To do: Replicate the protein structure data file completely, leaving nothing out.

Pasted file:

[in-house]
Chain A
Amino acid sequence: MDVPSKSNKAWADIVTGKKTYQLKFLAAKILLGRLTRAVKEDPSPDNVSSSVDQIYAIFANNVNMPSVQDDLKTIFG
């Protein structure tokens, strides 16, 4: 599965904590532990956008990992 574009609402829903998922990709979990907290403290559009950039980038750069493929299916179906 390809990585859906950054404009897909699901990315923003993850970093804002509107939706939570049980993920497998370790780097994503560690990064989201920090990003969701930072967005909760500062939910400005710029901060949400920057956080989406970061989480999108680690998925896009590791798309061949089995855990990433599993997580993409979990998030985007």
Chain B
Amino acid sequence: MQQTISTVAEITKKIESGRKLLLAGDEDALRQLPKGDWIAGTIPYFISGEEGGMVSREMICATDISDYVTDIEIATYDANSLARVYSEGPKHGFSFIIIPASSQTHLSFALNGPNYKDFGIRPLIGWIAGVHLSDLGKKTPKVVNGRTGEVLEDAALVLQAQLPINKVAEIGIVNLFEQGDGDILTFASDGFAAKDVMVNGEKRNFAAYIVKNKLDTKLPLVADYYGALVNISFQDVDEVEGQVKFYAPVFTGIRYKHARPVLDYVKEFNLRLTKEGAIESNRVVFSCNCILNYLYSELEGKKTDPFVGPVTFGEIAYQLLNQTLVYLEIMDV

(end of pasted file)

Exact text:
[in-house]
Chain A
Amino acid sequence: MDVPSKSNKAWADIVTGKKTYQLKFLAAKILLGRLTRAVKEDPSPDNVSSSVDQIYAIFANNVNMPSVQDDLKTIFG
């Protein structure tokens, strides 16, 4: 599965904590532990956008990992 574009609402829903998922990709979990907290403290559009950039980038750069493929299916179906 390809990585859906950054404009897909699901990315923003993850970093804002509107939706939570049980993920497998370790780097994503560690990064989201920090990003969701930072967005909760500062939910400005710029901060949400920057956080989406970061989480999108680690998925896009590791798309061949089995855990990433599993997580993409979990998030985007």
Chain B
Amino acid sequence: MQQTISTVAEITKKIESGRKLLLAGDEDALRQLPKGDWIAGTIPYFISGEEGGMVSREMICATDISDYVTDIEIATYDANSLARVYSEGPKHGFSFIIIPASSQTHLSFALNGPNYKDFGIRPLIGWIAGVHLSDLGKKTPKVVNGRTGEVLEDAALVLQAQLPINKVAEIGIVNLFEQGDGDILTFASDGFAAKDVMVNGEKRNFAAYIVKNKLDTKLPLVADYYGALVNISFQDVDEVEGQVKFYAPVFTGIRYKHARPVLDYVKEFNLRLTKEGAIESNRVVFSCNCILNYLYSELEGKKTDPFVGPVTFGEIAYQLLNQTLVYLEIMDV